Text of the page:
Rioting and terrorism in the capital will abate if the core concerns and problems facing Arab residents are addressed and resolved, east Jerusalem portfolio head Meir Margalit contended in an exclusive interview with The Jerusalem Post Monday.
The Meretz city councilman said these issues include dissolving the “Jewish state” bill,” aiding Palestinians in procuring residency status and building permits, ceasing home demolitions, creating economic improvements, and affording Arabs basic dignity and respect.
The most current manifestation of Arab anger and alienation, Margalit said, is engendered by the controversial Jewish State Bill, which would legally define Israel as the nation-state of the Jews, and which critics argue will further marginalize Arab citizens.
“For them, this is more proof that we are not a democratic state, and never were a democratic state; that there’s no chance that one day they will be equal to the Jewish people,” he said. “It is proof the model for a united city has collapsed.”
Another major issue, the councilman said, is getting residency permits for Arabs in the capital marrying Palestinians from the West Bank.
According to Margalit, over 20,000 east Jerusalem Arabs, including young children, are living underground in a perpetual state of fear of being deported because they do not have legal status.
“If a Palestinian wants to marry someone from Hebron, he cannot get a permit for her to live in Jerusalem,” he explained.
“In a democratic country these kinds of things don’t happen.”
“These people are afraid of being arrested and expelled from the city, so this is a problem that makes life impossible,” he said. “The children of mothers without permits can’t even get medical services in the city.”
With respect to Arabs obtaining building permits in east Jerusalem, Margalit called the endeavor “almost impossible.”
“People need houses, and if the government doesn’t approve the application they have to build anyway, which is what Jews did during the British Mandate,” he said. “And then the municipality issues a demolition order and the demolition crew can come at any time without prior warning.”
Margalit continued: “They never know when they will come [to destroy their home], and it is a nightmare.”
Compounding this problem, he added, is that roughly 75% of Arab residents live below the poverty line due to government- imposed constraints.
“This is the consequence of an economic policy that comes from the establishment, because property is a tool of control, and the government prefers the Palestinians to be fighting for survival and searching for jobs to support their families rather than being in a good economic environment, and having time to fight for political causes,” he said.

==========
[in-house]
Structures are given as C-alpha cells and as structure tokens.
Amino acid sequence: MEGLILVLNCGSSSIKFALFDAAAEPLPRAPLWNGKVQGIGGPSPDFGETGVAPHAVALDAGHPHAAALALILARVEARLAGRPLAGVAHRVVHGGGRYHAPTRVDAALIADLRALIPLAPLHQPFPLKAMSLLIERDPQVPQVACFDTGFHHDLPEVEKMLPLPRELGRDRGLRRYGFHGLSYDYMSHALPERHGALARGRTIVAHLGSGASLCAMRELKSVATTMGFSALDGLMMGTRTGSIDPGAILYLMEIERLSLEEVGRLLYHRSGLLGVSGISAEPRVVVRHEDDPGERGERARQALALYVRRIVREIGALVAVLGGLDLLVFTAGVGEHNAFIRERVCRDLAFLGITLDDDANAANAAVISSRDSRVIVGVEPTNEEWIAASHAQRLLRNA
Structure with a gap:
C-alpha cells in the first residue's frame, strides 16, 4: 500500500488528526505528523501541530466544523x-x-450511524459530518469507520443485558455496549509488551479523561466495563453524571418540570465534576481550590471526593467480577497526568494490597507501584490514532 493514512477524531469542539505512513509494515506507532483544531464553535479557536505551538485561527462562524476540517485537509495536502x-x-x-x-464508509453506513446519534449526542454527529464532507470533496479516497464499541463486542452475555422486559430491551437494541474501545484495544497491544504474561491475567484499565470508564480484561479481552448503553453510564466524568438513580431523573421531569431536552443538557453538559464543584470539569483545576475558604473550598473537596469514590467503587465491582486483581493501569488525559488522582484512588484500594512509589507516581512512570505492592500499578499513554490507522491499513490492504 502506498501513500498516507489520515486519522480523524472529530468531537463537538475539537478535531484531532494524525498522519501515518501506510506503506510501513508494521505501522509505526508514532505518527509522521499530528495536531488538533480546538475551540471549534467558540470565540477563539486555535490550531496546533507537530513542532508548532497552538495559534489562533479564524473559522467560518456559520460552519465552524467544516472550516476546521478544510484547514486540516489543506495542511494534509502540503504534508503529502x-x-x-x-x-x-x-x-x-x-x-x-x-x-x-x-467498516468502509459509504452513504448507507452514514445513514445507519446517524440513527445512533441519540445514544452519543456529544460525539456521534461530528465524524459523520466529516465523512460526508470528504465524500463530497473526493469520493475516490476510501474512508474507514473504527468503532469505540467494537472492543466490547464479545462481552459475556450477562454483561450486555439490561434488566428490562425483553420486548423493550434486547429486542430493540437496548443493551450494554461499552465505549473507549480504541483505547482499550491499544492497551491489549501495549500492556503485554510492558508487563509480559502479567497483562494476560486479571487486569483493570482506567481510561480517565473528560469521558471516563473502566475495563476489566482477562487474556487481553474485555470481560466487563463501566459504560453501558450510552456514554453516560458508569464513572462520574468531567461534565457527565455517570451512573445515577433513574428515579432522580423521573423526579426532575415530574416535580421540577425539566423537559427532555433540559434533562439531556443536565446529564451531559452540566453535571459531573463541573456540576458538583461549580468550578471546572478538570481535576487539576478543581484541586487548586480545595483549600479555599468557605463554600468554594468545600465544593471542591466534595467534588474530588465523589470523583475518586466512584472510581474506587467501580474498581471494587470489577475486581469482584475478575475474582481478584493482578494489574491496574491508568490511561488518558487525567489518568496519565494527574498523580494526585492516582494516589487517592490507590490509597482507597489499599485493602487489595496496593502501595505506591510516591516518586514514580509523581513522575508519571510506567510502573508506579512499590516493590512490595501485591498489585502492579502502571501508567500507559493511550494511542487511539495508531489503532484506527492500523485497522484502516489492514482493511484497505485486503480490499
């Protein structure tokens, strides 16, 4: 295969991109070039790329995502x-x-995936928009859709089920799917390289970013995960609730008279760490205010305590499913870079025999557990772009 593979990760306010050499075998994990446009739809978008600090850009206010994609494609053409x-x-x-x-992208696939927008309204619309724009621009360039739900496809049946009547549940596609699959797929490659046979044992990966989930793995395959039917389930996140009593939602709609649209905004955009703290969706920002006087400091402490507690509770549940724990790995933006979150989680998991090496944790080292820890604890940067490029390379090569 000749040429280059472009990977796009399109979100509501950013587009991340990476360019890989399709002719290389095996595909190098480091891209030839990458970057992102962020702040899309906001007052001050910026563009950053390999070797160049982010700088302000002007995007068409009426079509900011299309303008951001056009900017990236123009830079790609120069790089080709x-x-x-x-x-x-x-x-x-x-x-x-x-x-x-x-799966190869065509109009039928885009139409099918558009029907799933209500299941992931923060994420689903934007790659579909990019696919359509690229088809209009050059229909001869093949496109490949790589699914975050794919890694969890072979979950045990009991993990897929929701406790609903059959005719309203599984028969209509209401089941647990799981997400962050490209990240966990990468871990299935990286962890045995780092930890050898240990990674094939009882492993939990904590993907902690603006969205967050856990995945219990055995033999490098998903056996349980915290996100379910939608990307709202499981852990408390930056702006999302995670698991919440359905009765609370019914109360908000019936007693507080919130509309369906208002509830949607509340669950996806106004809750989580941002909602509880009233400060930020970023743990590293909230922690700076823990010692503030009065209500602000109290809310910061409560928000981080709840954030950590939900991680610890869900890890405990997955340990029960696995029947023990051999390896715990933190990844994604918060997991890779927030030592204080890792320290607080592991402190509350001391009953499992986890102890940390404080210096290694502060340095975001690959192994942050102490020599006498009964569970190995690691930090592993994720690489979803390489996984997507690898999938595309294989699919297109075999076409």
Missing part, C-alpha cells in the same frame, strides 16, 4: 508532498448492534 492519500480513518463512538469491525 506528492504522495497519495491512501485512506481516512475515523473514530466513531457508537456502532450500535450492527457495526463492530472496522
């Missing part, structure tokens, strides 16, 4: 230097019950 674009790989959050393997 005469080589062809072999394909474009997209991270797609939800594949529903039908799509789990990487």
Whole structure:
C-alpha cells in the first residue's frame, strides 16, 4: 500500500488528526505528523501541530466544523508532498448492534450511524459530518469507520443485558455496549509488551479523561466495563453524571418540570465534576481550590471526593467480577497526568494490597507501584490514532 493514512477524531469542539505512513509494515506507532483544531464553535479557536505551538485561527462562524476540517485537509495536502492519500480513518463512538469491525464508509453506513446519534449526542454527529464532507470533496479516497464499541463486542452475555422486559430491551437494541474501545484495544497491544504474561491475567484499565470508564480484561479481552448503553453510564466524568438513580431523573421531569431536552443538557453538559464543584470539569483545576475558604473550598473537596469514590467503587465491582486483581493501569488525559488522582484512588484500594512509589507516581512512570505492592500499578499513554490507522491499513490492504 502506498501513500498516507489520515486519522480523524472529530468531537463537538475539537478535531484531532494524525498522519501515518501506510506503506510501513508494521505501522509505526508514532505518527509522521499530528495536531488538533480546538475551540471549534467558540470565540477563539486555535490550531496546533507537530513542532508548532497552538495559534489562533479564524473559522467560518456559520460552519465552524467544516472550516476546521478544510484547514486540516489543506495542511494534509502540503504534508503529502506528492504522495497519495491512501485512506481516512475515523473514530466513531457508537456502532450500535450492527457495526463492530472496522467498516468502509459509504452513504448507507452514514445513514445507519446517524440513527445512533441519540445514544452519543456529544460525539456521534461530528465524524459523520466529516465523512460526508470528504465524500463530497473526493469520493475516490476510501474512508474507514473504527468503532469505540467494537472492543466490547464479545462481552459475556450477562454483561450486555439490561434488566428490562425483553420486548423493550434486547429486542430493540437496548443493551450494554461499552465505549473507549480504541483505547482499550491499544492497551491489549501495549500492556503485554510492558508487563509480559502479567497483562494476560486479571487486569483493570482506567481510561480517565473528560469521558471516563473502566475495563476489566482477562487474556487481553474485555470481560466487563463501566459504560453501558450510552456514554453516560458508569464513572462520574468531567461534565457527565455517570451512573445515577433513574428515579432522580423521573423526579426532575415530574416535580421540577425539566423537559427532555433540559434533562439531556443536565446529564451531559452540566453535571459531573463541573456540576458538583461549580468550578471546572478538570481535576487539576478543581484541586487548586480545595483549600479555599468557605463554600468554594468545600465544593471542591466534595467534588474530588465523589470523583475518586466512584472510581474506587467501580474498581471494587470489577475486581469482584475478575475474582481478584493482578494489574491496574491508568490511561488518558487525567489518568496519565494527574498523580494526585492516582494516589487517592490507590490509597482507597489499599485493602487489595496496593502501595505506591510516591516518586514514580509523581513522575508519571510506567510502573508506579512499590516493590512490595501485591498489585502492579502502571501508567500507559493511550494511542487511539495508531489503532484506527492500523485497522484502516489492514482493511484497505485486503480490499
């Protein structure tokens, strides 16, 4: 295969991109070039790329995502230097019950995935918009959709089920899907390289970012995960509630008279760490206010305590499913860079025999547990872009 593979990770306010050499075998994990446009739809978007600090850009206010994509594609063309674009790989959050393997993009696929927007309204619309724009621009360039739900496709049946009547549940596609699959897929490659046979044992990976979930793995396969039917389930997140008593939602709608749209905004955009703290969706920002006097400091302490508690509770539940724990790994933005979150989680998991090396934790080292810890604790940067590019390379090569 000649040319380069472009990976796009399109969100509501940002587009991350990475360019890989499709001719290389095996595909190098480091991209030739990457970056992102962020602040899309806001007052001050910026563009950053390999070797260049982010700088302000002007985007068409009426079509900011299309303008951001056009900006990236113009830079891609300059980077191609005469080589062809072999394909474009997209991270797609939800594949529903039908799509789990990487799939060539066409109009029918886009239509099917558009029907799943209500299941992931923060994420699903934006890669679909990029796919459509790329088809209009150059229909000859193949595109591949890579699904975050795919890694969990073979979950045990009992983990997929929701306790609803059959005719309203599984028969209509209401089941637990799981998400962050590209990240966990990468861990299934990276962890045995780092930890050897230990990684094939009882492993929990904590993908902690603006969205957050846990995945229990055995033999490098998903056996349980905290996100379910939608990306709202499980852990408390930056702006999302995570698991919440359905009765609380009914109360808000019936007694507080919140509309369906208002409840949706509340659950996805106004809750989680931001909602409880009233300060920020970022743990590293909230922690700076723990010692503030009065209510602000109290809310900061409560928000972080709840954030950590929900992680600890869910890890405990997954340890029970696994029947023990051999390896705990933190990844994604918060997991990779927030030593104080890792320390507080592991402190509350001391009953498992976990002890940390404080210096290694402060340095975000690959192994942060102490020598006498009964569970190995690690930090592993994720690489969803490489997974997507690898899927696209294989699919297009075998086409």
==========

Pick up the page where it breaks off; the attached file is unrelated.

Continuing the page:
Further exacerbating the Arab state of discontent to historic levels of violence, Margalit said, is chronic humiliation.
“They feel that Israeli society – especially the Israeli government – humiliates them day by day,” he said. “Needless to say, the police do this as well.”
Margalit said the issue of humiliation is particularly acute for younger Arabs who are forming their identities, and who have been responsible for the vast majority of rioting that has engulfed the city over the past six months.
“For them, the issue of dignity is a very important factor in their identities and this [lack of respect] makes them crazy,” he said. “To regular Israelis all the Palestinians are potential terrorists, and the attitudes toward them are based on this perception.”
“I’m talking about a lack of respect for their culture, their values and their everyday life,” he elaborated.
Asked for viable solutions to end the ongoing climate of hostility, violence and fear, the councilman said the most plausible action the government can take is to formally recognize east Jerusalem as the capital of the Palestinian people.
“If you ask me about the longterm solution, it is clear: Give them east Jerusalem as the capital of their state,” he said.
In terms of short-term solutions, Margalit said he is confident if the issues of inclusion, residency status, building permits, home demolitions, economic improvement and respect are addressed on a meaningful level, the violence will stop.
“I am completely convinced that once the reasons for the violence disappears, so will the violence itself,” he said.
“It won’t be instant, but we will start a process that will bring peace to the city.”